Saudi Arabia will invest $20bn in the next few years to maintain and possibly expand its spare oil production capacity, Saudi energy minister Khalid al-Falih said recently.
Saudi Arabia is the only oil producer with significant spare capacity on hand to supply the market if needed. This currently stands at 12 million barrels per day.
Falih said recently that the country had not decided yet if it wanted to take its capacity up to 13 million bpd or keep it at current levels.
The Saudi energy minister has repeatedly called on other oil producers to invest in capacity building to avoid a supply shock and spike in oil prices.
“This spare capacity is not just a natural reservoir that we have. This is very expensive investments for the kingdom, and some of our partners within OPEC and OPEC+ have elected to invest to maintain [oil capacity] to have the readiness on a short notice,” he said at an energy industry event in Moscow.
“The next 1 million bpd of Saudi capacity is going to cost us over $20bn. It costs us $2bn a year of operation expenses to staff and maintain these facilities.”
The oil market has been watching closely what the OPEC de-facto leader will say and do to calm market supply worries which have contributed to a rise in oil prices rise above $86 a barrel this week.
Saudi Aramco has said it plans to spend close to $300bn over 10 years in upstream oil and gas projects.
Investing in oil capacity expansion projects are crucial to help Saudi Arabia to sustain its spare capacity and help to reduce pressure on ageing fields.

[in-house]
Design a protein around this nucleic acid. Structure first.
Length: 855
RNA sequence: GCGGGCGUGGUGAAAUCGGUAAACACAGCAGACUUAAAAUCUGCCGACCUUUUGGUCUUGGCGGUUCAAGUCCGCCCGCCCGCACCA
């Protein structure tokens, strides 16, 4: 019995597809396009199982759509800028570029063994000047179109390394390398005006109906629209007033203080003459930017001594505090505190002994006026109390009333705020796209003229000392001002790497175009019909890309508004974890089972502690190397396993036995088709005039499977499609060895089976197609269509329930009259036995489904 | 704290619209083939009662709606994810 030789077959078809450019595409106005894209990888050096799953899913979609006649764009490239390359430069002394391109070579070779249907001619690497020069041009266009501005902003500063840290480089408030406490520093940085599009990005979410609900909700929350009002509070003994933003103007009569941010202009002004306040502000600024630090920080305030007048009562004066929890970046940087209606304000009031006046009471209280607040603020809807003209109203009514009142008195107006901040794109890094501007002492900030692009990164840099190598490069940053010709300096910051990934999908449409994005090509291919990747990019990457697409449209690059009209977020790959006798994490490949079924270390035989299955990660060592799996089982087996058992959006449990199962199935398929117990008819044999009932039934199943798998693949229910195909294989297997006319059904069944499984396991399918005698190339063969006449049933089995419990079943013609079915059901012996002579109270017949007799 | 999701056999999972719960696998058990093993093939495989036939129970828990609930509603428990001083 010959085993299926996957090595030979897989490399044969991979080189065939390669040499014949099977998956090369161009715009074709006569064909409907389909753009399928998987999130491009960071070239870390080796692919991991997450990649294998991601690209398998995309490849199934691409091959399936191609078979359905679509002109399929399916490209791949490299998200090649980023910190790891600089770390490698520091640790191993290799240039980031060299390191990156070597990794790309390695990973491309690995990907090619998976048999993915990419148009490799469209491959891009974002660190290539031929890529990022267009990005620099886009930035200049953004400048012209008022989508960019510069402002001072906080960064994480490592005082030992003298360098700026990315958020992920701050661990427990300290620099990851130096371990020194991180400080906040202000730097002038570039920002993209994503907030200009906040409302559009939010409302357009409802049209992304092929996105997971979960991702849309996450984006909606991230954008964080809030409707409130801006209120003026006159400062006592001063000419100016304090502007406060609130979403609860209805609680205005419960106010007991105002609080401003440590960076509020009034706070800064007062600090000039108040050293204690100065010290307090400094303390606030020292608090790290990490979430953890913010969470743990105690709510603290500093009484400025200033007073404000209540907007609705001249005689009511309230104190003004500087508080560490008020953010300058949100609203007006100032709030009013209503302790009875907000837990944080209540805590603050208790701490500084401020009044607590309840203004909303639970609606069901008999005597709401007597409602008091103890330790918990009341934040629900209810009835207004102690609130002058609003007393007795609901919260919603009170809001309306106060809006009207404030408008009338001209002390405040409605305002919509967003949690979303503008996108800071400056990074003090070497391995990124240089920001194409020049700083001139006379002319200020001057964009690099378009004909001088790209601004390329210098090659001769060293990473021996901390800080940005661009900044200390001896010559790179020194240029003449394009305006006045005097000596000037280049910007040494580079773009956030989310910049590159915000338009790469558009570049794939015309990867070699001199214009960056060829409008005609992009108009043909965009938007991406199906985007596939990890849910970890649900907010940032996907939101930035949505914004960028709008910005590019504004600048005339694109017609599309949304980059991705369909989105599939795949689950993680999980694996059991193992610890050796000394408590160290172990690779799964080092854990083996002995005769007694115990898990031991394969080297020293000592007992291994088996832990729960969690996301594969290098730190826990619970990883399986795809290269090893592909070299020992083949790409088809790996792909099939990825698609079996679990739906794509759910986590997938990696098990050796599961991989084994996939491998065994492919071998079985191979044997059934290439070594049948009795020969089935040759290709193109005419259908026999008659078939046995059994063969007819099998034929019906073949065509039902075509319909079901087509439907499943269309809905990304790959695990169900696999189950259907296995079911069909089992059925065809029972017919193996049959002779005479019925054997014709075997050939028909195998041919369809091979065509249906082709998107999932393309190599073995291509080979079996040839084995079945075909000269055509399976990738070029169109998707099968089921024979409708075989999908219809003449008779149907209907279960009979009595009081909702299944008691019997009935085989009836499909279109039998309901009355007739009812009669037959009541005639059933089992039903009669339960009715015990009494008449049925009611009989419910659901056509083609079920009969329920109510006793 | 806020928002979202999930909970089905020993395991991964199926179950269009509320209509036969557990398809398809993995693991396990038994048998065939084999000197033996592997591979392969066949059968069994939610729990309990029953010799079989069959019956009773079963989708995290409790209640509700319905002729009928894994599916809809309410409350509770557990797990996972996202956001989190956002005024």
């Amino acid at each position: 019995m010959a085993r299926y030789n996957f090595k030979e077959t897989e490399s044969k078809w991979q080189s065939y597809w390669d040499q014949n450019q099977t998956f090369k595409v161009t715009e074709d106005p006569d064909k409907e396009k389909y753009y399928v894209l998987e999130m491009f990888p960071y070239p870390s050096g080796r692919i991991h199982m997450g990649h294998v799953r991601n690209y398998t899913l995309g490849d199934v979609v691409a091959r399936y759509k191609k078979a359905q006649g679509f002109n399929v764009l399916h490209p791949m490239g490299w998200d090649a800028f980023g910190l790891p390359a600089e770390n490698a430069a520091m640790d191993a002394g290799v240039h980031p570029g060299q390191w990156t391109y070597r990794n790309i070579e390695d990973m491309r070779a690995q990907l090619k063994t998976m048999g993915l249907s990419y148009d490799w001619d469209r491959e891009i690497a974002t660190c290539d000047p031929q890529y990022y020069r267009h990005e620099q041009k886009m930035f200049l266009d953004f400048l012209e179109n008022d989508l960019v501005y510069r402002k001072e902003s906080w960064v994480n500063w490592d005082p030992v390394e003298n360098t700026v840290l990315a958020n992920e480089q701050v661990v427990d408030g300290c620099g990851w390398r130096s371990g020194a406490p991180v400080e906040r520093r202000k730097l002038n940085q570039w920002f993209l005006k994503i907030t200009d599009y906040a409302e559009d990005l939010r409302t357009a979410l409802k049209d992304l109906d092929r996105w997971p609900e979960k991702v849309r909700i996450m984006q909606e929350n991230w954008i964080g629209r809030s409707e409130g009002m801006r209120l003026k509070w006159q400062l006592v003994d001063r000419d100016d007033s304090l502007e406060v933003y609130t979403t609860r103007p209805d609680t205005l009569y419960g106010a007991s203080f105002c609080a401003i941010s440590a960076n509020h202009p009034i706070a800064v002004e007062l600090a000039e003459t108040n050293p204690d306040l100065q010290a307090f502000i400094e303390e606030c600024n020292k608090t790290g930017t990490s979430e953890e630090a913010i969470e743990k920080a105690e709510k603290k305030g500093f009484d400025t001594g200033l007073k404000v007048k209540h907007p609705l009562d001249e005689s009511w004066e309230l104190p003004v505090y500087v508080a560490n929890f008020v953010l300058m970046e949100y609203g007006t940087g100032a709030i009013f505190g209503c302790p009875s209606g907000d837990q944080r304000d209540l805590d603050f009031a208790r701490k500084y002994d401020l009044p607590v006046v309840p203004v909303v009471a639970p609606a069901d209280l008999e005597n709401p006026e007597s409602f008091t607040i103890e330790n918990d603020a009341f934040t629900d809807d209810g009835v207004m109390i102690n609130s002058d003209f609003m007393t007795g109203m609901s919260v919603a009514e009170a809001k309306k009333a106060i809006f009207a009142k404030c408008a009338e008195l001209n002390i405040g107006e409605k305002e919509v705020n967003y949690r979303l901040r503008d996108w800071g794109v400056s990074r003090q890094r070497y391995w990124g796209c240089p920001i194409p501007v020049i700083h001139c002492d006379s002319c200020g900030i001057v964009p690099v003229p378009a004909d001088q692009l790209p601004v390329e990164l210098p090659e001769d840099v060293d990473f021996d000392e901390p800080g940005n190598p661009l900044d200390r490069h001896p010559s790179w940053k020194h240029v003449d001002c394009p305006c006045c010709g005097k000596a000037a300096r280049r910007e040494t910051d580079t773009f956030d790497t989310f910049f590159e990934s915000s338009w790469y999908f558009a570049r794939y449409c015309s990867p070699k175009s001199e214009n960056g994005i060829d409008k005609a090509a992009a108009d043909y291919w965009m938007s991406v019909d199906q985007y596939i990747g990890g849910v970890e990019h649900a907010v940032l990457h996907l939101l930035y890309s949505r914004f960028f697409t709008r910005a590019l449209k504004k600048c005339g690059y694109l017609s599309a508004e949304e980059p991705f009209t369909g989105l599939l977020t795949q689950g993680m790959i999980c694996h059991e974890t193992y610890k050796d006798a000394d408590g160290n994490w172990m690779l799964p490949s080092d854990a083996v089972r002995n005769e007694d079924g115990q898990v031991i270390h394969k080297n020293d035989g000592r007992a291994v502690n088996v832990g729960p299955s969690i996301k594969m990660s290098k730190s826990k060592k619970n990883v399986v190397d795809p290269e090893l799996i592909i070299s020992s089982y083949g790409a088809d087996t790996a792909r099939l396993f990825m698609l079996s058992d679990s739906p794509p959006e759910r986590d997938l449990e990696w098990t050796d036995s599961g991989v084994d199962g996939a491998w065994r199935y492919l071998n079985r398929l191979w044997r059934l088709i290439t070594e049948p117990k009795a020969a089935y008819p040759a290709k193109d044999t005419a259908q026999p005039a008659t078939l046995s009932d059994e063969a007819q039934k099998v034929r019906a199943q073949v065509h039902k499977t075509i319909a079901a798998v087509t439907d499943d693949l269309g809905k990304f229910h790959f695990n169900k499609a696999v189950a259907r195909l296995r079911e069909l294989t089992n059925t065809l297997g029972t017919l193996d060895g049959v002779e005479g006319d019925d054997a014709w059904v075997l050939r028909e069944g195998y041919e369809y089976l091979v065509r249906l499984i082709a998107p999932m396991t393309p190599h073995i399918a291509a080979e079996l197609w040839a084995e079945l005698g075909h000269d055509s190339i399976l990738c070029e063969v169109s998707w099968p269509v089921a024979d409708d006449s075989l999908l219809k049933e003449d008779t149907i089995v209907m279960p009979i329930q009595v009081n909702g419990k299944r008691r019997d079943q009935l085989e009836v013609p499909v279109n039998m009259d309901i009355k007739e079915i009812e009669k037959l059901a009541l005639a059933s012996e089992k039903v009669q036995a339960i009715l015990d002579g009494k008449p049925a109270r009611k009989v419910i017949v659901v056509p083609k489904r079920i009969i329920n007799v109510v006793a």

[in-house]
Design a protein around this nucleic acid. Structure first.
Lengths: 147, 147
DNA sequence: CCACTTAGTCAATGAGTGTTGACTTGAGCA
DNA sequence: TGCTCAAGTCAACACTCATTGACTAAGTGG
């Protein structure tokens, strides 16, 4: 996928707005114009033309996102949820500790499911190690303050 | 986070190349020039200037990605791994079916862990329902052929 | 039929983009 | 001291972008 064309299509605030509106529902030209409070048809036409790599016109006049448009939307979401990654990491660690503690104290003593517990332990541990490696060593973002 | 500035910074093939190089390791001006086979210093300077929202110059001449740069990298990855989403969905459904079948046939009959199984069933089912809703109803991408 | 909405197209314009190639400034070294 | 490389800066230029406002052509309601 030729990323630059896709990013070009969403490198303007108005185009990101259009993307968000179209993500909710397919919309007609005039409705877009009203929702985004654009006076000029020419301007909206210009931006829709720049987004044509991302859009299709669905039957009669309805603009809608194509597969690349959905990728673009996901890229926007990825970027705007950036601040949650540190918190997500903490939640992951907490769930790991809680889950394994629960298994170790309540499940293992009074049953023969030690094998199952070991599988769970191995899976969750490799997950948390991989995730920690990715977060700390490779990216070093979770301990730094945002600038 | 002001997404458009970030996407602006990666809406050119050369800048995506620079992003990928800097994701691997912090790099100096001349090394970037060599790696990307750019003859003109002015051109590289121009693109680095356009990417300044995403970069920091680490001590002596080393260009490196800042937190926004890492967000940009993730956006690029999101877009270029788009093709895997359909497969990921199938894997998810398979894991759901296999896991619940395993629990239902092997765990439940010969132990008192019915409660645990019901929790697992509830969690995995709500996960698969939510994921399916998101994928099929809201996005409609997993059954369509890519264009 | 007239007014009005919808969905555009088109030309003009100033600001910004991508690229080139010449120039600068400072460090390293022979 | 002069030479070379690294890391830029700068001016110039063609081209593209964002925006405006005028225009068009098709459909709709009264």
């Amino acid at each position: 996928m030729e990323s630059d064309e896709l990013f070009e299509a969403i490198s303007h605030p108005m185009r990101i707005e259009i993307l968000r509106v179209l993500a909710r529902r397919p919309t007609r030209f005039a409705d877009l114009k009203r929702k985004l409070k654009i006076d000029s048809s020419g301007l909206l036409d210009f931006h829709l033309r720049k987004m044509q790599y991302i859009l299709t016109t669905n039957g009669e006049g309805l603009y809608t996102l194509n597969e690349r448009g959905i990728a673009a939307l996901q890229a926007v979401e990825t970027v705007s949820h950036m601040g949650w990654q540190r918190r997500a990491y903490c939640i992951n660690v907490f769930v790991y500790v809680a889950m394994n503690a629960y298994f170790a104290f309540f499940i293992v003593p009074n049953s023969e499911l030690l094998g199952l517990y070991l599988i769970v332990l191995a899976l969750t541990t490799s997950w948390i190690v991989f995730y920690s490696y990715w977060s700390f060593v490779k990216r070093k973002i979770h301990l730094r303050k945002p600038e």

Aramco will bring new crude output capacity of some 550,000 bpd online in the fourth quarter from two fields – Khurais and Manifa – giving it the ability to boost production when needed.
The additional output would not raise Aramco’s capacity above the current 12 million bpd, but would give the company more flexibility to boost supplies and reach higher production levels more quickly than before.
The world’s top oil exporter is pumping 10.7 million bpd in October, and plans to produce slightly higher than that level in November, Falih said, reflecting an expected increase in demand ahead of the imposition of US sanctions on Iran, OPEC’s third biggest producer.
That leaves Saudi Arabia with a tight output buffer of 1.3 million bpd if there is a sudden supply shortage.
“1.3 [million bpd of spare capacity] will be waiting for the demand to materialise,” Falih said.
“Some in Asia have requested more barrels than in the contracts. As a result… the exports will exceed loading schedule at 7.7 million bpd which is a very high number.”
Falih also said that he hoped to resume oil production from the Neutral Zone, which Saudi Arabia shares with Kuwait, after resolving the pending issues between the two Gulf OPEC allies.
Saudi Arabia’s Crown Prince Mohammad bin Salman flew to Kuwait on Sunday to discuss the resumption of oil output from the Neutral Zone, a source familiar with the matter told Reuters.
The resumption of the Neutral Zone’s oilfields could add up to 500,000 barrels per day of oil output capacity to both Saudi Arabia and Kuwait.
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